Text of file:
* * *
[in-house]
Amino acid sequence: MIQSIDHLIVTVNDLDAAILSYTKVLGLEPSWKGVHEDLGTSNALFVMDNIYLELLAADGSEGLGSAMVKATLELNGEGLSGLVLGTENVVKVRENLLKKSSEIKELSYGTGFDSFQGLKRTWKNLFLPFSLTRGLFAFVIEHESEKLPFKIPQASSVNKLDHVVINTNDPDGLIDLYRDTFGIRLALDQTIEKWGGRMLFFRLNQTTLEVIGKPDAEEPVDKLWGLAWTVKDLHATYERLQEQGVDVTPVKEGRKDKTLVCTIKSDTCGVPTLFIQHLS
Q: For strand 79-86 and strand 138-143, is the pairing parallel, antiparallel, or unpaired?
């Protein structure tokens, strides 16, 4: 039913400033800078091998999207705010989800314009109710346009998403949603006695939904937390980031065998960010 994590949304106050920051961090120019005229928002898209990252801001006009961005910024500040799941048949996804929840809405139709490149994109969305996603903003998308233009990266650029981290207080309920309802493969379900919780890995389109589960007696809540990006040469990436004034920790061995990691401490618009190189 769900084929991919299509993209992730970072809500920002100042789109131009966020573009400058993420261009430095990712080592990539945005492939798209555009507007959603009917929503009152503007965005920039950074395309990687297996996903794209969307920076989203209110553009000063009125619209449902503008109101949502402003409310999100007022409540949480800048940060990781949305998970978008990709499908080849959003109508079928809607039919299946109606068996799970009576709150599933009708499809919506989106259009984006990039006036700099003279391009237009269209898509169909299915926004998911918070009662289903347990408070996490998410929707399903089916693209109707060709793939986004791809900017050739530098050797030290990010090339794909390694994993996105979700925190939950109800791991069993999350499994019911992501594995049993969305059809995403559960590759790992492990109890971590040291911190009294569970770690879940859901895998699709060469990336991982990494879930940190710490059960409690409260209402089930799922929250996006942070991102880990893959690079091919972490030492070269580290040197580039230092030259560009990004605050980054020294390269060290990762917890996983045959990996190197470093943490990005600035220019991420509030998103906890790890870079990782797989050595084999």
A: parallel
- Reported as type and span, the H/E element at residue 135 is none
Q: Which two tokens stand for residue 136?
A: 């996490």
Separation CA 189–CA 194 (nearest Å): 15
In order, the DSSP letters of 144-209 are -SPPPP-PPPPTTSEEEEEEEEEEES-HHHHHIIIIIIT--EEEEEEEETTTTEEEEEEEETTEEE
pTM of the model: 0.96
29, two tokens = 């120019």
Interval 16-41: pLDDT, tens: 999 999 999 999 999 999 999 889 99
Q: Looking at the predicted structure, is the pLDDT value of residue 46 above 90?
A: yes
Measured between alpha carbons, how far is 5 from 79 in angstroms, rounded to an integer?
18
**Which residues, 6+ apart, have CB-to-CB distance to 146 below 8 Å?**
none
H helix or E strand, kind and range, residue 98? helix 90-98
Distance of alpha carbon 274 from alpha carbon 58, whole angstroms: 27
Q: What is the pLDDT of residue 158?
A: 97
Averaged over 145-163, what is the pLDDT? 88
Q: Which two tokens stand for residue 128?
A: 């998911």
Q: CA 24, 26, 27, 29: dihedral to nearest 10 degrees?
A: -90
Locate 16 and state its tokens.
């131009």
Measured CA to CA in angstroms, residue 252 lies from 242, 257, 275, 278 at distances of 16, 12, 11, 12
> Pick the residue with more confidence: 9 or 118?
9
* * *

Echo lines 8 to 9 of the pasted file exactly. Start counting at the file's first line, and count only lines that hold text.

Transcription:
A: 């996490």
Separation CA 189–CA 194 (nearest Å): 15